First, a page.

RV: For sure. We almost named the album ‘Photograph’ because we knew that it’d be a centrepiece of the record. I feel that’s one of the best songs I’ve written. Someone did say to us, “maybe you should put it second to last,” and we were like, “what the fuck are you talking about? We’re not going to do that.” It would just be weird. That’s because I do like those Dylanesque album structures. 

MF: ‘Asteroid’ is another really interesting one. The album bio explains that it was inspired by philosopher Ludwig Wittgenstein having his intellectual project overturned late in his life. How did that observation lead to you writing ‘Asteroid’?

RV: One of my favourite movies is Derek Jarman’s movie about Wittgenstein [Wittgenstein (1993)]. It’s this very weird, queer-coded biopic about Wittgenstein and it’s this amazingly beautiful movie. So I’ve always had an interest in this story.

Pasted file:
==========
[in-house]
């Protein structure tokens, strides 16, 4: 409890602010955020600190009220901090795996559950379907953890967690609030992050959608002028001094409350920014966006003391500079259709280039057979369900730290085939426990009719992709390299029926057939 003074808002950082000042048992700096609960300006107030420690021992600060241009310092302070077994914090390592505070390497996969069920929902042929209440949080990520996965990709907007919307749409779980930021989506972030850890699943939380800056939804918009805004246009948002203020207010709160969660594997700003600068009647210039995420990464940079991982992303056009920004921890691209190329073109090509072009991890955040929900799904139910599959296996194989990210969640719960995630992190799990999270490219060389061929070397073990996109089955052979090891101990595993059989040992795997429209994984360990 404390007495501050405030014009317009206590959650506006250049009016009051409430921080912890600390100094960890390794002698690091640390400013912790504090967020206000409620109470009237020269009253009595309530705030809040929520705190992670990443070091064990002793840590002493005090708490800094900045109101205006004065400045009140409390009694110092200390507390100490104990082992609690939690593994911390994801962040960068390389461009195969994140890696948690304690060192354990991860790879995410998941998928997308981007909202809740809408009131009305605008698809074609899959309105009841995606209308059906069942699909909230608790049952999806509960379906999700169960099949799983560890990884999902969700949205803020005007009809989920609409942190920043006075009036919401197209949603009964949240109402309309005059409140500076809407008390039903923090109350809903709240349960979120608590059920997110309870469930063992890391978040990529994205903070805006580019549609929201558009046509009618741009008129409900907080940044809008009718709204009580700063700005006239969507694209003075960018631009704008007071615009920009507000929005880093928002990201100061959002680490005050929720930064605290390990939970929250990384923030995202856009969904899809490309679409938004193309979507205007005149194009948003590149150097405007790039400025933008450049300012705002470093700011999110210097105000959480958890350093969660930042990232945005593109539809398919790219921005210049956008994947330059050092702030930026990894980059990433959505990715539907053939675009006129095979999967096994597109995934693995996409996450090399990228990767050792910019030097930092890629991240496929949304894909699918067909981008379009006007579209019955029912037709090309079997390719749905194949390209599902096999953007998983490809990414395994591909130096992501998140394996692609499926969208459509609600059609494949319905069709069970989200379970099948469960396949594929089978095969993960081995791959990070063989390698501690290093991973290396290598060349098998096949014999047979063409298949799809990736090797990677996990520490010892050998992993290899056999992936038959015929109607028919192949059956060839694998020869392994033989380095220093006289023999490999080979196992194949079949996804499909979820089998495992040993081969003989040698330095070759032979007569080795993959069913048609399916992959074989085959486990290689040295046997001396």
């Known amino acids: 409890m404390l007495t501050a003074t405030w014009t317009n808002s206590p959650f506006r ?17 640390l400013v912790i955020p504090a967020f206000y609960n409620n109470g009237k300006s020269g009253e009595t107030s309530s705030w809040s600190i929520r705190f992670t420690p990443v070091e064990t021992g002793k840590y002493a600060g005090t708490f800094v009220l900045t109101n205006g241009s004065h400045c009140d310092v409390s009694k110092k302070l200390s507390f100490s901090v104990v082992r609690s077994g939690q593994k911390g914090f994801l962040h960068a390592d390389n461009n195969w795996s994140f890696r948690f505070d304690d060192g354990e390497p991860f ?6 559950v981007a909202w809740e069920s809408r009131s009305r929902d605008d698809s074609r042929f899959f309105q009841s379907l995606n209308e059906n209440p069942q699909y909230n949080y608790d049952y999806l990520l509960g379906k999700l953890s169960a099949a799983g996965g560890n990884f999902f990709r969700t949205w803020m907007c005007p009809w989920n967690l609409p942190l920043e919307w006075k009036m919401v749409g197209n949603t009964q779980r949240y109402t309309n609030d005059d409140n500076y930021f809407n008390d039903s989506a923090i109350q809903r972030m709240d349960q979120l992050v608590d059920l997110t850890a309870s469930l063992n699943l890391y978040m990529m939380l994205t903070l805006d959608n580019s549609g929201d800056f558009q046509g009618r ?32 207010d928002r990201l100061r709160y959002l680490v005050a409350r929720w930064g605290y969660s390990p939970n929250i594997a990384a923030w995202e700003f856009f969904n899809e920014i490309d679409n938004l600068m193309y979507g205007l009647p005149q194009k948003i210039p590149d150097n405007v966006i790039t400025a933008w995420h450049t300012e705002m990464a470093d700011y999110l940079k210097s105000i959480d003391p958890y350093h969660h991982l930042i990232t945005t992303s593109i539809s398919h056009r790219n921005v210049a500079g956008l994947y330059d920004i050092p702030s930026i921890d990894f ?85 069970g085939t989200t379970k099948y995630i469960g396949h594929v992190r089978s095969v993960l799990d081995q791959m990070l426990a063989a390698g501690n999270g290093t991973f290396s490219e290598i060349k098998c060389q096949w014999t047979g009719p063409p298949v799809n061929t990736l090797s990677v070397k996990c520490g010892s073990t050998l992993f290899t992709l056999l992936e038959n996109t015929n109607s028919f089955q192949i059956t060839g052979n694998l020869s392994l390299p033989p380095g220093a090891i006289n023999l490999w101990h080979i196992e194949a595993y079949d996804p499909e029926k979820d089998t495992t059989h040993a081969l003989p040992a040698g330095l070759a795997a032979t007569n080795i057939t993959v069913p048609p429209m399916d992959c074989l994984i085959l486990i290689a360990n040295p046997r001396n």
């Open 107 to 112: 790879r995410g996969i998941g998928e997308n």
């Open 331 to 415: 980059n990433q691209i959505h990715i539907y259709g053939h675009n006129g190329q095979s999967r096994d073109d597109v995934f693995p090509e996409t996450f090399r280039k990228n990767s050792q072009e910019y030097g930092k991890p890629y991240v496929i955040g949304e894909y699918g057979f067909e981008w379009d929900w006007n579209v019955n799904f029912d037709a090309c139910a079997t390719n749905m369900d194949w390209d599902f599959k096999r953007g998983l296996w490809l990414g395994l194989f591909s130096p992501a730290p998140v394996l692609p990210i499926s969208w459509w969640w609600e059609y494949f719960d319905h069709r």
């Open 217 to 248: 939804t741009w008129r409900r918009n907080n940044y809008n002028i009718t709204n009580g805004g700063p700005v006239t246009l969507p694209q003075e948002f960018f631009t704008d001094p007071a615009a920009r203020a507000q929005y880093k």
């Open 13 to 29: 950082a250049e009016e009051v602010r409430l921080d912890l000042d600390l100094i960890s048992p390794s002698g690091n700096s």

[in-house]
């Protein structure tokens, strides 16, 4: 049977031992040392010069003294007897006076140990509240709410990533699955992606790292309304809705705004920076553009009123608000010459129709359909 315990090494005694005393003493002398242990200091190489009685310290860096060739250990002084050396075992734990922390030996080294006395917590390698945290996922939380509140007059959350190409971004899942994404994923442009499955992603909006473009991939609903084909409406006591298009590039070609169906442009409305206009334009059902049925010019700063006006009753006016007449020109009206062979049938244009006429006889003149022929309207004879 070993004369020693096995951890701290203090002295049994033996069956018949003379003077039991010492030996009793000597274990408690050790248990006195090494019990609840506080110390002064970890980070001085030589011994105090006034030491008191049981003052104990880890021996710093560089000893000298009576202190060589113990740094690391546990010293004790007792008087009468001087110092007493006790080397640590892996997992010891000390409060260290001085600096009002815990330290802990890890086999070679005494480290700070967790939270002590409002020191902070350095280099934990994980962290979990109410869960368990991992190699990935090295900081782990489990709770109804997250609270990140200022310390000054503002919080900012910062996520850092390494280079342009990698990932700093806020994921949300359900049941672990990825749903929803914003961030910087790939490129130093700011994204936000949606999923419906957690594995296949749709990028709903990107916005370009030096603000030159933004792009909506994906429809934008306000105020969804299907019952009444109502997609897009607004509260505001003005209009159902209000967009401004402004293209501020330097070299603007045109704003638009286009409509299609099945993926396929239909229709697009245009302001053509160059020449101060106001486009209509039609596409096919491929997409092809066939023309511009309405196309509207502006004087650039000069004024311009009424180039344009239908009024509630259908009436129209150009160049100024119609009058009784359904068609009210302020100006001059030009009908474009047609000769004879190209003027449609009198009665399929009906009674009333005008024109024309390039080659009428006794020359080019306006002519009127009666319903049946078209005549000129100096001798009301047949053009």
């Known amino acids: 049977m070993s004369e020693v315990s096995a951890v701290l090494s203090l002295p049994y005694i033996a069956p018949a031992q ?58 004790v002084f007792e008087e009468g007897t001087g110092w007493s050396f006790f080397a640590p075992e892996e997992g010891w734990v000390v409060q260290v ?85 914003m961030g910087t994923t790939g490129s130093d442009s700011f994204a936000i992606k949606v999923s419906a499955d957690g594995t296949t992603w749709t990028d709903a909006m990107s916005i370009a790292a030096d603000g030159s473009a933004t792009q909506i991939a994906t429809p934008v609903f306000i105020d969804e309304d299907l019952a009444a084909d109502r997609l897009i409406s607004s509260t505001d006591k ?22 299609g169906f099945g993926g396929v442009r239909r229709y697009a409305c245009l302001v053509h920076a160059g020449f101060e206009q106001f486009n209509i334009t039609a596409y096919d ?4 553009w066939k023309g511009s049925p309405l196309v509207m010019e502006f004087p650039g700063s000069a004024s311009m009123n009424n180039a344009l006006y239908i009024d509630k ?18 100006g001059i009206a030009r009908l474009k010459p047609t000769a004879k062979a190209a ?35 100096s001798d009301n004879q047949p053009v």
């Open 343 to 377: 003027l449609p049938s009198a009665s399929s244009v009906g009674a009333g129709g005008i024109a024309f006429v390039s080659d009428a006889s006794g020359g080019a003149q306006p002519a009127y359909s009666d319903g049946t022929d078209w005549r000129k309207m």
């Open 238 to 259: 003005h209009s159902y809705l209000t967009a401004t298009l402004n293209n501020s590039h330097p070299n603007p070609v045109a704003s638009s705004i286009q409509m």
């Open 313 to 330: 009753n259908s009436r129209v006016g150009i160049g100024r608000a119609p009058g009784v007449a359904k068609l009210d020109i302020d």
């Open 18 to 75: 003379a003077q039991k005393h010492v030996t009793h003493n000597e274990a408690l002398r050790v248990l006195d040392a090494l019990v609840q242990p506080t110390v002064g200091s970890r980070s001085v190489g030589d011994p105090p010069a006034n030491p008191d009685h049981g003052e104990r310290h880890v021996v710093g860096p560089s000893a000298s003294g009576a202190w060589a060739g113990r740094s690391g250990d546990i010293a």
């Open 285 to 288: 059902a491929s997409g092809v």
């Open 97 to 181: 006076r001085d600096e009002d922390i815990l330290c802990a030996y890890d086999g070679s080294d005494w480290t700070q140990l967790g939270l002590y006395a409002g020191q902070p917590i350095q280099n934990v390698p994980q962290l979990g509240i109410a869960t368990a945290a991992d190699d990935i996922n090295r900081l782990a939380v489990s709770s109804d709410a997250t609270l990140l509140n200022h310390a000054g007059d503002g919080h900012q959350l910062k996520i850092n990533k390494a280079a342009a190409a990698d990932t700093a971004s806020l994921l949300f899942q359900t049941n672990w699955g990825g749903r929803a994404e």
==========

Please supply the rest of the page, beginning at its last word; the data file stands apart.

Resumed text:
Wittgenstein was this philosopher who wrote these books, loved by everybody and then he was on a train with his friend and – because his philosophical works were based on language – his friend was like “how do you explain this?” And he put his two fingers [into a V-shaped expression] and it just changed his life. He was just like “fuck I’m wrong,” and he never wrote any more books again.

I’m really interested in make or break moments. I’m interested in one action making someone’s worldview crumble and I just thought it would make a really interesting song. 

MF: The song basically suggests that an existentially shattering event could occur at any time. 

RV: That’s what I like about. I like those existentially shattering moments. I think they’re exciting. You only get one maybe every three or four years if you’re lucky.